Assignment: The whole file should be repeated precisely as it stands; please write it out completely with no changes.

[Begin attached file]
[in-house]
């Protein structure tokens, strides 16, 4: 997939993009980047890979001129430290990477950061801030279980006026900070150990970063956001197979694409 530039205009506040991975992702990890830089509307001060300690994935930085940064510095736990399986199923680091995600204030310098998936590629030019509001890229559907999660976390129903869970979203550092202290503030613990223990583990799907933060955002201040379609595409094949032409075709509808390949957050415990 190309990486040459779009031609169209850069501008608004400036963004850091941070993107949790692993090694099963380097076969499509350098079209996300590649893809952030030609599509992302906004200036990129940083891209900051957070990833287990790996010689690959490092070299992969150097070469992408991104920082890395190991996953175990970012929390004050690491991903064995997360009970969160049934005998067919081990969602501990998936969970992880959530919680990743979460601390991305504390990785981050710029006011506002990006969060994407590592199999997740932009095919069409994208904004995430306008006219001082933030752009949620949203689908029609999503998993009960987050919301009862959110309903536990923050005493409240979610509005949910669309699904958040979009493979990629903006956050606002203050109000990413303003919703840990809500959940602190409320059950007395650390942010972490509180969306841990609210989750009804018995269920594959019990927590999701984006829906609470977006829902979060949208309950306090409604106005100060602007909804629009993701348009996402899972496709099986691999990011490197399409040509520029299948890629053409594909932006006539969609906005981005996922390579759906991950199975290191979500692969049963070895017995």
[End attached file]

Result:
[in-house]
């Protein structure tokens, strides 16, 4: 997939993009980047890979001129430290990477950061801030279980006026900070150990970063956001197979694409 530039205009506040991975992702990890830089509307001060300690994935930085940064510095736990399986199923680091995600204030310098998936590629030019509001890229559907999660976390129903869970979203550092202290503030613990223990583990799907933060955002201040379609595409094949032409075709509808390949957050415990 190309990486040459779009031609169209850069501008608004400036963004850091941070993107949790692993090694099963380097076969499509350098079209996300590649893809952030030609599509992302906004200036990129940083891209900051957070990833287990790996010689690959490092070299992969150097070469992408991104920082890395190991996953175990970012929390004050690491991903064995997360009970969160049934005998067919081990969602501990998936969970992880959530919680990743979460601390991305504390990785981050710029006011506002990006969060994407590592199999997740932009095919069409994208904004995430306008006219001082933030752009949620949203689908029609999503998993009960987050919301009862959110309903536990923050005493409240979610509005949910669309699904958040979009493979990629903006956050606002203050109000990413303003919703840990809500959940602190409320059950007395650390942010972490509180969306841990609210989750009804018995269920594959019990927590999701984006829906609470977006829902979060949208309950306090409604106005100060602007909804629009993701348009996402899972496709099986691999990011490197399409040509520029299948890629053409594909932006006539969609906005981005996922390579759906991950199975290191979500692969049963070895017995």